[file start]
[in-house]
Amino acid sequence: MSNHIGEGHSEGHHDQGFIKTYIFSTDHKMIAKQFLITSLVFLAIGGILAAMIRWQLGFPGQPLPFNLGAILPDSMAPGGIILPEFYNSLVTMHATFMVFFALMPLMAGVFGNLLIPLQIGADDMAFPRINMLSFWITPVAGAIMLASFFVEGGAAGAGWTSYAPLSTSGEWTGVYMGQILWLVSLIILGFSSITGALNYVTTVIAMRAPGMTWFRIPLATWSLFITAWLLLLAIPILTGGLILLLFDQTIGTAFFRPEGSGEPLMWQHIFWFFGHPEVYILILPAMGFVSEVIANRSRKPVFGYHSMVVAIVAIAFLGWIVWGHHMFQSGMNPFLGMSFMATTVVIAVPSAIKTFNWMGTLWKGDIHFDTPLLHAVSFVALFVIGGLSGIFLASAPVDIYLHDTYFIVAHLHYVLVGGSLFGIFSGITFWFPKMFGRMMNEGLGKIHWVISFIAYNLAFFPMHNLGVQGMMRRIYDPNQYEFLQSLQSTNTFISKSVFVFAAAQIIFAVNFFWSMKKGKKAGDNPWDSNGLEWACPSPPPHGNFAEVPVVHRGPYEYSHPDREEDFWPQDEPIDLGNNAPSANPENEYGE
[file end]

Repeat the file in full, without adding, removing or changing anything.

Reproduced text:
[in-house]
Amino acid sequence: MSNHIGEGHSEGHHDQGFIKTYIFSTDHKMIAKQFLITSLVFLAIGGILAAMIRWQLGFPGQPLPFNLGAILPDSMAPGGIILPEFYNSLVTMHATFMVFFALMPLMAGVFGNLLIPLQIGADDMAFPRINMLSFWITPVAGAIMLASFFVEGGAAGAGWTSYAPLSTSGEWTGVYMGQILWLVSLIILGFSSITGALNYVTTVIAMRAPGMTWFRIPLATWSLFITAWLLLLAIPILTGGLILLLFDQTIGTAFFRPEGSGEPLMWQHIFWFFGHPEVYILILPAMGFVSEVIANRSRKPVFGYHSMVVAIVAIAFLGWIVWGHHMFQSGMNPFLGMSFMATTVVIAVPSAIKTFNWMGTLWKGDIHFDTPLLHAVSFVALFVIGGLSGIFLASAPVDIYLHDTYFIVAHLHYVLVGGSLFGIFSGITFWFPKMFGRMMNEGLGKIHWVISFIAYNLAFFPMHNLGVQGMMRRIYDPNQYEFLQSLQSTNTFISKSVFVFAAAQIIFAVNFFWSMKKGKKAGDNPWDSNGLEWACPSPPPHGNFAEVPVVHRGPYEYSHPDREEDFWPQDEPIDLGNNAPSANPENEYGE